Just this weekend my back was really hurting. So I did the only thing I knew to do: had a friend watch my daughter. Then I wept and slept. Then the pain went away, and so did my fears and pity party. These episodes are common for cancer survivors. We are lucky enough to survive cancer, but our very survival -- the one thing we fought so hard for -- is threatened by those mind games.

I went to my oncologist and he ordered a blood test, and I felt tormented about why he ordered a blood test.

Any ache or pain will set my fears off.

The longer I'm stuck in the examination room, the deeper the fear. Sometimes I want to scream, but instead I try to keep my mind occupied with useful matters.

A routine lab result showed an elevated liver enzyme. I called my doctors sobbing, only to be reassured it was nothing.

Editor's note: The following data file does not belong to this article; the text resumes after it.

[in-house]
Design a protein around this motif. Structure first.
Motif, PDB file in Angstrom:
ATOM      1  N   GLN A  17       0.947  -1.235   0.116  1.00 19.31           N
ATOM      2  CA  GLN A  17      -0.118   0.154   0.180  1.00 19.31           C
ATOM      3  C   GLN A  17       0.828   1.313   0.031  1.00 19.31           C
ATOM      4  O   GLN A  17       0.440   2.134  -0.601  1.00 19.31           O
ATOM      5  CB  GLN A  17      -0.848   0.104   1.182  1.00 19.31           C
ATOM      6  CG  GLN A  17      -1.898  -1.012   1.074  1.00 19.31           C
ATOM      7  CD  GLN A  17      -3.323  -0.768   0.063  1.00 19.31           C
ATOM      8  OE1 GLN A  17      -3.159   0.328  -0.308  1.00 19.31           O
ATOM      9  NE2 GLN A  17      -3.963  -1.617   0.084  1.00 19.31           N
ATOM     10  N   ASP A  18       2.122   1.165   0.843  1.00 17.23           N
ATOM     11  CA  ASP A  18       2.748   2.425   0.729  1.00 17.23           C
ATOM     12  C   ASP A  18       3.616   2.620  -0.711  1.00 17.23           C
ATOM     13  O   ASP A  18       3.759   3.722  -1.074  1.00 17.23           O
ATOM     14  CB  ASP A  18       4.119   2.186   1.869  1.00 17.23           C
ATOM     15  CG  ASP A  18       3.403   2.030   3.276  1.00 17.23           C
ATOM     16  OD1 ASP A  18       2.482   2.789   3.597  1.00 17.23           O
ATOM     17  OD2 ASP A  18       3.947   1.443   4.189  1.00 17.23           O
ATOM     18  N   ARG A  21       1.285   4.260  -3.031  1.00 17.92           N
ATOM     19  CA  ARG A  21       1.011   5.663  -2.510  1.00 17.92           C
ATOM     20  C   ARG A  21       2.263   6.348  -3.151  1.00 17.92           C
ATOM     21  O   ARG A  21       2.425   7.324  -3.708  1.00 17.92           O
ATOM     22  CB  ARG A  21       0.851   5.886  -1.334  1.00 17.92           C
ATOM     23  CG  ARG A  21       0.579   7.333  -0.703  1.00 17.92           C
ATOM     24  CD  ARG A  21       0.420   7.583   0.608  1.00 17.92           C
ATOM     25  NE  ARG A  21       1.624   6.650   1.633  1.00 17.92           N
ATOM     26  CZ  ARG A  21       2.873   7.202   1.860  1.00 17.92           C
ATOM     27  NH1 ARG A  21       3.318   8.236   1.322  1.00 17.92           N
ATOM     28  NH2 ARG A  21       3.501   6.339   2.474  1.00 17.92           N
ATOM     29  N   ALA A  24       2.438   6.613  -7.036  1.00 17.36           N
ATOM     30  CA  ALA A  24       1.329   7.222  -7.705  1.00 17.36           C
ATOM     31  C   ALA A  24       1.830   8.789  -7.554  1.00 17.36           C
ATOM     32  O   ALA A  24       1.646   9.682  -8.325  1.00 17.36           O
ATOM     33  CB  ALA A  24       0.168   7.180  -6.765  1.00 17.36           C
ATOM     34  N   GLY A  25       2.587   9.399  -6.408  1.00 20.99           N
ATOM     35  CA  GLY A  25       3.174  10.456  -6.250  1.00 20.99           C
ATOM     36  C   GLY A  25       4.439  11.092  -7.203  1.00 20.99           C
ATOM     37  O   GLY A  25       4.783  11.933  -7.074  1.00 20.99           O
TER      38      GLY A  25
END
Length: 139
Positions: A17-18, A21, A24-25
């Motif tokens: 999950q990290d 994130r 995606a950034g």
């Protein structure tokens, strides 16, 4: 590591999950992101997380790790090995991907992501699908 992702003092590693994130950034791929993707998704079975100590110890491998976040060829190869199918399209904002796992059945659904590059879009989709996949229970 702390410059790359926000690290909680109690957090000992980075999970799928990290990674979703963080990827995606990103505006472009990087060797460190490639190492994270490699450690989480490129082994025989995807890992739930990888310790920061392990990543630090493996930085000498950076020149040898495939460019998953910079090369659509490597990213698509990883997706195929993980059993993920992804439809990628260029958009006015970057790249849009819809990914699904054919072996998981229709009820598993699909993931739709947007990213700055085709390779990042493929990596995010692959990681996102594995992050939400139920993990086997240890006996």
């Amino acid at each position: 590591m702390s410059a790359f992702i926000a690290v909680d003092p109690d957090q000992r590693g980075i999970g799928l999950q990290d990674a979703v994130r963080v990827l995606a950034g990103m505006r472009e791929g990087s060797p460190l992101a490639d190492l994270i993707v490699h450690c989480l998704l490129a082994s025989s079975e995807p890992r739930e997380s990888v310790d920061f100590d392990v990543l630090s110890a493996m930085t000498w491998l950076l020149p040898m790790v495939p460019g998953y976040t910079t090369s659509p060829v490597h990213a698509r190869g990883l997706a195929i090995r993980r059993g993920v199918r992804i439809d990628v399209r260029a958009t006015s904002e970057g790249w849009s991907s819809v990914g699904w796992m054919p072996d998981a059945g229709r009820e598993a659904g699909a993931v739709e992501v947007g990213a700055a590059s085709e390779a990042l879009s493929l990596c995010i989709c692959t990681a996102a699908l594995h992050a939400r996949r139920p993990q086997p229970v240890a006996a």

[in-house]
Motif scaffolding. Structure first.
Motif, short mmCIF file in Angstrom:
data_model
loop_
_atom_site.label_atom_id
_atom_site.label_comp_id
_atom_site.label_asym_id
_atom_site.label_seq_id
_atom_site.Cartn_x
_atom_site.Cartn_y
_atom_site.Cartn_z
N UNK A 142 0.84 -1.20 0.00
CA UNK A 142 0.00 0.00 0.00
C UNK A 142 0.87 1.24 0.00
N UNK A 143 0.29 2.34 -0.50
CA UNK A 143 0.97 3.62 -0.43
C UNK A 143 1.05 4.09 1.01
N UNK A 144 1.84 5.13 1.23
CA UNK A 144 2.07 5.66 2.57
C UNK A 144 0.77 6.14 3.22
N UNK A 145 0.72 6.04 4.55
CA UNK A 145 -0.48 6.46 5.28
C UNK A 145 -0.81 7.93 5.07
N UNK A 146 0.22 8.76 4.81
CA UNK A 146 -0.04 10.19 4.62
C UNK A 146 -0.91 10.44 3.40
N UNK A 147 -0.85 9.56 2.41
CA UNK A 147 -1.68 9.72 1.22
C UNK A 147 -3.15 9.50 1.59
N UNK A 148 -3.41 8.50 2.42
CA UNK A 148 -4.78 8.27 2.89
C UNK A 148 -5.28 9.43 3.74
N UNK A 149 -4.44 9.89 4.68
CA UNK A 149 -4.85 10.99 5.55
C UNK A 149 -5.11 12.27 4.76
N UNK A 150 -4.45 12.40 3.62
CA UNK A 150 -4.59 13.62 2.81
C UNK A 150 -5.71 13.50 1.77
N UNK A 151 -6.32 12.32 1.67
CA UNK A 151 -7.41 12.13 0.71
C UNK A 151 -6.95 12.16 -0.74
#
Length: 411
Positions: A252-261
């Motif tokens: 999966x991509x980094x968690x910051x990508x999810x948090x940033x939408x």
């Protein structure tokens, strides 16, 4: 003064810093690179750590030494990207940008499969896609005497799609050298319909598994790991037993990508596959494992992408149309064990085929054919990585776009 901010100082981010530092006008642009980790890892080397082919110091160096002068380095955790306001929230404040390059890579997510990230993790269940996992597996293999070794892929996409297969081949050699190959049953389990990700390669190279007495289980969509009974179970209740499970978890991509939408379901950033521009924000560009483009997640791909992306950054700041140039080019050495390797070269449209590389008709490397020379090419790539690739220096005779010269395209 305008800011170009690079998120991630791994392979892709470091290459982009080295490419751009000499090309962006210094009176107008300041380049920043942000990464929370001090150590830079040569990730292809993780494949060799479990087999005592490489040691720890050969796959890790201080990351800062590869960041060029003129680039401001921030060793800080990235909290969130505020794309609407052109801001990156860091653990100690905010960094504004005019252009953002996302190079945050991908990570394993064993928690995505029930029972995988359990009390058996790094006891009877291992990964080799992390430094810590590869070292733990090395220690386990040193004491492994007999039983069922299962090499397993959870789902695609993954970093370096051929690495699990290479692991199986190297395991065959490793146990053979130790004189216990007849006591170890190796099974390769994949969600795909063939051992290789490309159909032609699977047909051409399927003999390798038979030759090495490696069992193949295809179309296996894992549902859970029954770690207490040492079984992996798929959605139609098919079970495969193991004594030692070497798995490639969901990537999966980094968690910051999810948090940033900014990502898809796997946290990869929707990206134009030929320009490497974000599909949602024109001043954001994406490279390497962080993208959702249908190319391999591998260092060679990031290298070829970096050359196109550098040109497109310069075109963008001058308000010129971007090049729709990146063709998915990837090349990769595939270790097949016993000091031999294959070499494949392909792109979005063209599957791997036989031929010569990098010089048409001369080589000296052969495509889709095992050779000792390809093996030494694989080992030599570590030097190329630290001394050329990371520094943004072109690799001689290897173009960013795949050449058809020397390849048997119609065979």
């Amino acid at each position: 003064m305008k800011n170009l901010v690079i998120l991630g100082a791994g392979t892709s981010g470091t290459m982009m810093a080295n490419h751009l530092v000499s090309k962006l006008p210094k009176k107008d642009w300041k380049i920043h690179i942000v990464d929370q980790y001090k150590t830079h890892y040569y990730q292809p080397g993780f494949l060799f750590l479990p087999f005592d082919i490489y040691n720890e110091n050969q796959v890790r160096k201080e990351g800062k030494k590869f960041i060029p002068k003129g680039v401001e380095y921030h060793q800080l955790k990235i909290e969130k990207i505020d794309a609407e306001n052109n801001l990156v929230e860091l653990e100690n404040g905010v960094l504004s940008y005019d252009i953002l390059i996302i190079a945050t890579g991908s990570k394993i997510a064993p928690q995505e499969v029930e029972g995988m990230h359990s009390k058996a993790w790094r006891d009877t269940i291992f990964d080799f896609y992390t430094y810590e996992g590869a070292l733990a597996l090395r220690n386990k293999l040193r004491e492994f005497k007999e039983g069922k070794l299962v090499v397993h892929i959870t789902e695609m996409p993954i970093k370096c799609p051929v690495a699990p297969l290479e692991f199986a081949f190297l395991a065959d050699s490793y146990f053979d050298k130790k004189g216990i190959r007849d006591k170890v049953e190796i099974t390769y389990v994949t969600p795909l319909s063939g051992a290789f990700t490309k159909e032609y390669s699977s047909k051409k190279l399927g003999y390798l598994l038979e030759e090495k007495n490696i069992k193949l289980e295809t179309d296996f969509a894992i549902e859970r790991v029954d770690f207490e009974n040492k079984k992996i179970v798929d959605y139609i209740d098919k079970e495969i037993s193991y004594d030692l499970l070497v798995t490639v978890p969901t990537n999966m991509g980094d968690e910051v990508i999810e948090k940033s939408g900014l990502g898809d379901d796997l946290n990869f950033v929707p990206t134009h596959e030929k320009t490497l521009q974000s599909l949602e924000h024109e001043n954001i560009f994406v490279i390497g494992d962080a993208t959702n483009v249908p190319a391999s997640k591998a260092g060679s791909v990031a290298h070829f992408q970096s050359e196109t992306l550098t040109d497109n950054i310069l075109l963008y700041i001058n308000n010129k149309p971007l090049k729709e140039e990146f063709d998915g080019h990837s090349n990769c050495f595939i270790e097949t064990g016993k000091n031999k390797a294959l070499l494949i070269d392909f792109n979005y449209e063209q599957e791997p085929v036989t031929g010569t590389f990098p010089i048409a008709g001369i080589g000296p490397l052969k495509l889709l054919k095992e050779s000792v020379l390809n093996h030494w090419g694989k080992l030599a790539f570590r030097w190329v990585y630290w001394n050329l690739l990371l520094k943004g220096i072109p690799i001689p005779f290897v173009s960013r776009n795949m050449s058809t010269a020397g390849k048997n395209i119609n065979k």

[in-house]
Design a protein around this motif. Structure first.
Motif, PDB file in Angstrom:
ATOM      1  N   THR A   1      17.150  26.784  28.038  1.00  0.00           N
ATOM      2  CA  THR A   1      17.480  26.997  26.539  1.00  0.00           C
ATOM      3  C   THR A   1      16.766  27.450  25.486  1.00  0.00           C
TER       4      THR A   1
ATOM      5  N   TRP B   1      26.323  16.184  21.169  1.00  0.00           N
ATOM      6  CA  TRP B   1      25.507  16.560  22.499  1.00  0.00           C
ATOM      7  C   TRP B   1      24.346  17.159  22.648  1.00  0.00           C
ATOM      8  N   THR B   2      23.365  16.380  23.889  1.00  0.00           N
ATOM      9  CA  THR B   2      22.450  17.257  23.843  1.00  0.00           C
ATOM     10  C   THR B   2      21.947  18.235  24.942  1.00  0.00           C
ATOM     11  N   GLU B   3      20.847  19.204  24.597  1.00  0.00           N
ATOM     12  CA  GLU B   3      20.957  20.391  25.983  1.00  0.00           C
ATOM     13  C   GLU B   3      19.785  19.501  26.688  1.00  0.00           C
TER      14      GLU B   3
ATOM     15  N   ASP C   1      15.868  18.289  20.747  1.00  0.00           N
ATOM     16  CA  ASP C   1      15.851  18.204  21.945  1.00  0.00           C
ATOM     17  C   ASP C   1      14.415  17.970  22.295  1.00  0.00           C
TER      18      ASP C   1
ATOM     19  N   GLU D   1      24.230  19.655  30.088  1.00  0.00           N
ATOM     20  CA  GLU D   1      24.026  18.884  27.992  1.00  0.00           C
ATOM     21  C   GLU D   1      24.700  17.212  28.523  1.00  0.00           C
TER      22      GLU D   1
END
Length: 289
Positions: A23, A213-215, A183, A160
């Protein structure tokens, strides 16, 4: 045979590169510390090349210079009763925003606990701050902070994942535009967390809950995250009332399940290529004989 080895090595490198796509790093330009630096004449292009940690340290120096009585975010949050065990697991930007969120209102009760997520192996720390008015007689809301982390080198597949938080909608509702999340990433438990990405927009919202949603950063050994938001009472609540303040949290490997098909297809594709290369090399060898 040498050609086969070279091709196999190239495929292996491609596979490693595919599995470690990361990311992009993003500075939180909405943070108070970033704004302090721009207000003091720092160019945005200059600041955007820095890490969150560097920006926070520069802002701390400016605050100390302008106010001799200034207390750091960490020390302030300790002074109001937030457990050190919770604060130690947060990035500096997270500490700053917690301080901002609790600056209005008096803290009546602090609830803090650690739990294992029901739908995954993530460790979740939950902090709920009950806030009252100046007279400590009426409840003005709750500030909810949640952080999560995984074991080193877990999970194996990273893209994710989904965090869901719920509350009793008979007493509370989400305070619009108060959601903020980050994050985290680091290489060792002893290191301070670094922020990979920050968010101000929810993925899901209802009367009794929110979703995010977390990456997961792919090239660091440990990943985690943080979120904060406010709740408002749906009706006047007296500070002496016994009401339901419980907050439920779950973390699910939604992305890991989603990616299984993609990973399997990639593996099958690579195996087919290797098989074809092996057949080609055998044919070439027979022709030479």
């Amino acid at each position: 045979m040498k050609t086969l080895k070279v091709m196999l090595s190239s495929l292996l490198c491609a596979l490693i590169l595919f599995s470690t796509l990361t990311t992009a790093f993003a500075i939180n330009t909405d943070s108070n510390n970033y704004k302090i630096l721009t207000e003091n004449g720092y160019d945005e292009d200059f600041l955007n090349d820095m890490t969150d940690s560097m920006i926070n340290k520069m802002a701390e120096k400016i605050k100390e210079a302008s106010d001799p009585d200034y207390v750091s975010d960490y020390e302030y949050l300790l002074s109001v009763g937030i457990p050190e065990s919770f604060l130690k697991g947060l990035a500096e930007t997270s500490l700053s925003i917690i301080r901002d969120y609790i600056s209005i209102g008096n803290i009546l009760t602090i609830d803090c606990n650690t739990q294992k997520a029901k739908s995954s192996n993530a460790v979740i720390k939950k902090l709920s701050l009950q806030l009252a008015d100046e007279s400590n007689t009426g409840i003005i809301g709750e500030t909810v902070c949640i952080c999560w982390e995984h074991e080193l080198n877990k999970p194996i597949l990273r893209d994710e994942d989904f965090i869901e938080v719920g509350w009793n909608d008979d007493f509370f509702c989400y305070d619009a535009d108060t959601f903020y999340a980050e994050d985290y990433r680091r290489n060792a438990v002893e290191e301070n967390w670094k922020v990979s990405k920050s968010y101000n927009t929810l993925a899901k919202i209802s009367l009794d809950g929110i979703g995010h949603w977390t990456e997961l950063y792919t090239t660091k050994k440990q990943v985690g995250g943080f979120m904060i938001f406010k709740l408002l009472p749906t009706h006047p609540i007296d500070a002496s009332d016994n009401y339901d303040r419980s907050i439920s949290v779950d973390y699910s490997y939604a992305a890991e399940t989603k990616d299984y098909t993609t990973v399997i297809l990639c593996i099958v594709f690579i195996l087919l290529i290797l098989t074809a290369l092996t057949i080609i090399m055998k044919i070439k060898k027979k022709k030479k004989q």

I had a broken foot, which prompted fears of all sorts.

Of course, having had cancer gives me another perspective: one of appreciating and living life to the fullest. I can slow down time to enjoy the taste of a Honeycrisp apple (my favorite apple) and gaze at my daughter, savoring all of the wonderful things and opportunities life has offered me.

Do you struggle with mind games as a result of a current or past illness? It can be cancer, but many illnesses and conditions can provoke the panic I describe above. Please share your story.